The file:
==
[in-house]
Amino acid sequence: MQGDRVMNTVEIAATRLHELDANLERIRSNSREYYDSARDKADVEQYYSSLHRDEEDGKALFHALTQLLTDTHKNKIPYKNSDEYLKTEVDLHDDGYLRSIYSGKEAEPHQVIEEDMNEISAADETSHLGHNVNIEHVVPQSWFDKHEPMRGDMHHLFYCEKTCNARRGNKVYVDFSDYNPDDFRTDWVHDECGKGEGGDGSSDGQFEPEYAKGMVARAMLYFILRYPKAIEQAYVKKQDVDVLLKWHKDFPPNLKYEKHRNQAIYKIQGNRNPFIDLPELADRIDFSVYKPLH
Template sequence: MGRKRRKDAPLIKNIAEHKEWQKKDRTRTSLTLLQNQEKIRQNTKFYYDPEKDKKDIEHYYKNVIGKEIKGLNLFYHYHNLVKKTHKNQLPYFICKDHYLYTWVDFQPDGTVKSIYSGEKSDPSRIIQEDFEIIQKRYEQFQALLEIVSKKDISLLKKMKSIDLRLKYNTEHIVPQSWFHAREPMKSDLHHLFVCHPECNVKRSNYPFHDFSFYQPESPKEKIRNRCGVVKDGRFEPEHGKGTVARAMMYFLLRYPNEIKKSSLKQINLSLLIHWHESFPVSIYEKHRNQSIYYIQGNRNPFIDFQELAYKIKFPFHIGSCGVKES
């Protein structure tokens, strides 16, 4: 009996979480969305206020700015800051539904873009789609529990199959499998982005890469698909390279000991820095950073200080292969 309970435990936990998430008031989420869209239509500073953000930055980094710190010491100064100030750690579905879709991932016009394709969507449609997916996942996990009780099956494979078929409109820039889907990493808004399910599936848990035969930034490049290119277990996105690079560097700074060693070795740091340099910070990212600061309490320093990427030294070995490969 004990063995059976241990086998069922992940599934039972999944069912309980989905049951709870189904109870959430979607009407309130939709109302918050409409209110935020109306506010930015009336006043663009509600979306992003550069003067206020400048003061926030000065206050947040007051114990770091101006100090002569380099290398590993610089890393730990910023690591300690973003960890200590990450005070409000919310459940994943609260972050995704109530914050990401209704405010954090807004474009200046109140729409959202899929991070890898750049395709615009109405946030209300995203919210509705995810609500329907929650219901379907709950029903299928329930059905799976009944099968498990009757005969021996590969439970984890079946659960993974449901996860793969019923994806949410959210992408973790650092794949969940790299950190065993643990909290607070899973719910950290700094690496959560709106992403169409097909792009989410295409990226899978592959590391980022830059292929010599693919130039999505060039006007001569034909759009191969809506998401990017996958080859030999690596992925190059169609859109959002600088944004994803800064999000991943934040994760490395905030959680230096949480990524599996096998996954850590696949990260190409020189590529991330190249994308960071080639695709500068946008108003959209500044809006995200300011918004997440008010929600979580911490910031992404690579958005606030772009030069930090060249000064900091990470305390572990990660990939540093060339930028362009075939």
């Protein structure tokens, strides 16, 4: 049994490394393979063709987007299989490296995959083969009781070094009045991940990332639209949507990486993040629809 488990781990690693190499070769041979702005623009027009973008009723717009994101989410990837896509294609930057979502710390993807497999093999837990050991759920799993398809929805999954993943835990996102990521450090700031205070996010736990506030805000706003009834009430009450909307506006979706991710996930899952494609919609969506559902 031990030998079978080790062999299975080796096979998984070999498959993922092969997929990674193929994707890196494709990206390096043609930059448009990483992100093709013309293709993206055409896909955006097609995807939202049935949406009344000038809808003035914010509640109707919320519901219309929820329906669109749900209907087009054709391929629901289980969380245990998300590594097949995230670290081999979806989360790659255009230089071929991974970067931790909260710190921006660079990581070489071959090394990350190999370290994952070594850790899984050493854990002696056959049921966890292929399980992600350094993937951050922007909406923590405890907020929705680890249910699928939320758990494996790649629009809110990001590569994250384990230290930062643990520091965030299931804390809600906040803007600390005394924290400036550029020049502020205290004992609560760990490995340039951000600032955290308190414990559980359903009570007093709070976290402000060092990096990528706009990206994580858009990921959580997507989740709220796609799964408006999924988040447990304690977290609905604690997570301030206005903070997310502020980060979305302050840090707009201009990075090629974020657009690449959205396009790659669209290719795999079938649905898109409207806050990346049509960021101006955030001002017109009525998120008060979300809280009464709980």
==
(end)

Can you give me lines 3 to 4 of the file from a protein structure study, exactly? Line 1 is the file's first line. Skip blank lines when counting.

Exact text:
Template sequence: MGRKRRKDAPLIKNIAEHKEWQKKDRTRTSLTLLQNQEKIRQNTKFYYDPEKDKKDIEHYYKNVIGKEIKGLNLFYHYHNLVKKTHKNQLPYFICKDHYLYTWVDFQPDGTVKSIYSGEKSDPSRIIQEDFEIIQKRYEQFQALLEIVSKKDISLLKKMKSIDLRLKYNTEHIVPQSWFHAREPMKSDLHHLFVCHPECNVKRSNYPFHDFSFYQPESPKEKIRNRCGVVKDGRFEPEHGKGTVARAMMYFLLRYPNEIKKSSLKQINLSLLIHWHESFPVSIYEKHRNQSIYYIQGNRNPFIDFQELAYKIKFPFHIGSCGVKES
């Protein structure tokens, strides 16, 4: 009996979480969305206020700015800051539904873009789609529990199959499998982005890469698909390279000991820095950073200080292969 309970435990936990998430008031989420869209239509500073953000930055980094710190010491100064100030750690579905879709991932016009394709969507449609997916996942996990009780099956494979078929409109820039889907990493808004399910599936848990035969930034490049290119277990996105690079560097700074060693070795740091340099910070990212600061309490320093990427030294070995490969 004990063995059976241990086998069922992940599934039972999944069912309980989905049951709870189904109870959430979607009407309130939709109302918050409409209110935020109306506010930015009336006043663009509600979306992003550069003067206020400048003061926030000065206050947040007051114990770091101006100090002569380099290398590993610089890393730990910023690591300690973003960890200590990450005070409000919310459940994943609260972050995704109530914050990401209704405010954090807004474009200046109140729409959202899929991070890898750049395709615009109405946030209300995203919210509705995810609500329907929650219901379907709950029903299928329930059905799976009944099968498990009757005969021996590969439970984890079946659960993974449901996860793969019923994806949410959210992408973790650092794949969940790299950190065993643990909290607070899973719910950290700094690496959560709106992403169409097909792009989410295409990226899978592959590391980022830059292929010599693919130039999505060039006007001569034909759009191969809506998401990017996958080859030999690596992925190059169609859109959002600088944004994803800064999000991943934040994760490395905030959680230096949480990524599996096998996954850590696949990260190409020189590529991330190249994308960071080639695709500068946008108003959209500044809006995200300011918004997440008010929600979580911490910031992404690579958005606030772009030069930090060249000064900091990470305390572990990660990939540093060339930028362009075939």